“It’s really important to help patients have something that gives them pleasure,” Caspar-Clark said. She encourages patients to eat a balanced diet that includes “care and comfort nutrition,” such as a favorite dessert from childhood. Sometimes family members are afraid to let their loved one eat a cookie or ice cream, mistakenly believing that sugar feeds cancer. “An 800-calorie milkshake is sometimes the right thing,” Caspar-Clark said. For cancer patients struggling to eat enough, she said, “don’t make them a smoothie with kale in it—it’s not the same!”
For patients who can tolerate more foods, Caspar-Clark recommends smoothies as a simple way to incorporate fruits and vegetables in their diets. Some of her patients don’t know how to cook or are too tired to prepare foods, so she suggests frozen vegetables, nuts and seeds as easy sources of nutrients.
She also points them to resources and recipes from the American Institute for Cancer Research (AICR). “Patients and their loved ones are frequently bombarded with information coming from a wide array of sources. Some of these sources are unreliable and occasionally predatory, with intent to sell dietary supplements or other therapies that may be risky,” Caspar-Clark commented. “It is so important to have credible, evidence-based information that is visually attractive and easy to navigate like the resources from AICR.”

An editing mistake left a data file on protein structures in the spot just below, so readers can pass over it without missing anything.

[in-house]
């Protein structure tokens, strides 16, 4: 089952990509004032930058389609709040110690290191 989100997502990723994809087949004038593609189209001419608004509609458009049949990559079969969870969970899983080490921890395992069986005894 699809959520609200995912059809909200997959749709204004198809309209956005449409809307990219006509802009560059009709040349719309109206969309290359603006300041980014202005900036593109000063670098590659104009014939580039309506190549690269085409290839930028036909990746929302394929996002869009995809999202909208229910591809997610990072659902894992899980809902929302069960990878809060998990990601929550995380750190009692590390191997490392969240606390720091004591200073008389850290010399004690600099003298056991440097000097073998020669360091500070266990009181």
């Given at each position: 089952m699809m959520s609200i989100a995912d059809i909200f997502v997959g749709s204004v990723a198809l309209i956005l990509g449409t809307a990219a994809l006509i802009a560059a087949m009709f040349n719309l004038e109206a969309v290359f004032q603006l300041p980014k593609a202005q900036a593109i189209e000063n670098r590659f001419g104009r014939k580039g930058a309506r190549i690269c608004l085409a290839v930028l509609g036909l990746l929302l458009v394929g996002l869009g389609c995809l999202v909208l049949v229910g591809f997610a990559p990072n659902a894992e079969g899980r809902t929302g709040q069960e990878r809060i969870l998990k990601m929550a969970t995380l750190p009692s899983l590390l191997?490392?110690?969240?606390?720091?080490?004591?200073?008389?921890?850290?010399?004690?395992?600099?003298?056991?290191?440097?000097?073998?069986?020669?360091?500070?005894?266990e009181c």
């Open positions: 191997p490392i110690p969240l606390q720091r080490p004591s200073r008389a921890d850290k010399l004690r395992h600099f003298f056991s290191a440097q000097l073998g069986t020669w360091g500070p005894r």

For patients whose head and neck cancer goes into remission, Caspar-Clark offers support groups beginning about a year after their last visit with her. “They look so terrific,” she said. They thank her for all the nutrition guidance she has given them. “Patients and their families are so appreciative.” She finds it rewarding to develop long-term relationships with patients, addressing their changing needs at each stage of treatment and recovery. “Healthy eating is a lifelong thing,” she said.
Two family favorite recipes from Audrey Caspar-Clark ’00, ’09 M.A., registered dietitian at Penn Radiation Oncology and the Abramson Cancer Center
Potato Asparagus Salad
My family loves this dish. I always made it for our large family gathering at Easter. The amounts are based on serving at least 20 people, so feel free to scale down—this recipe is very forgiving.
- 10 lbs. potatoes (I like to use red skin)
- 3 lbs. fresh asparagus—remove tough woody stems and cut into inch-long pieces
- 3-6 shallots, minced, approx. 1 cup
- 1 bunch flat leaf parsley, chopped
- 1 bunch fresh dill, chopped
- Apple cider vinegar, about 1 cup
- Good quality extra virgin olive oil, 2 to 2 ½ cups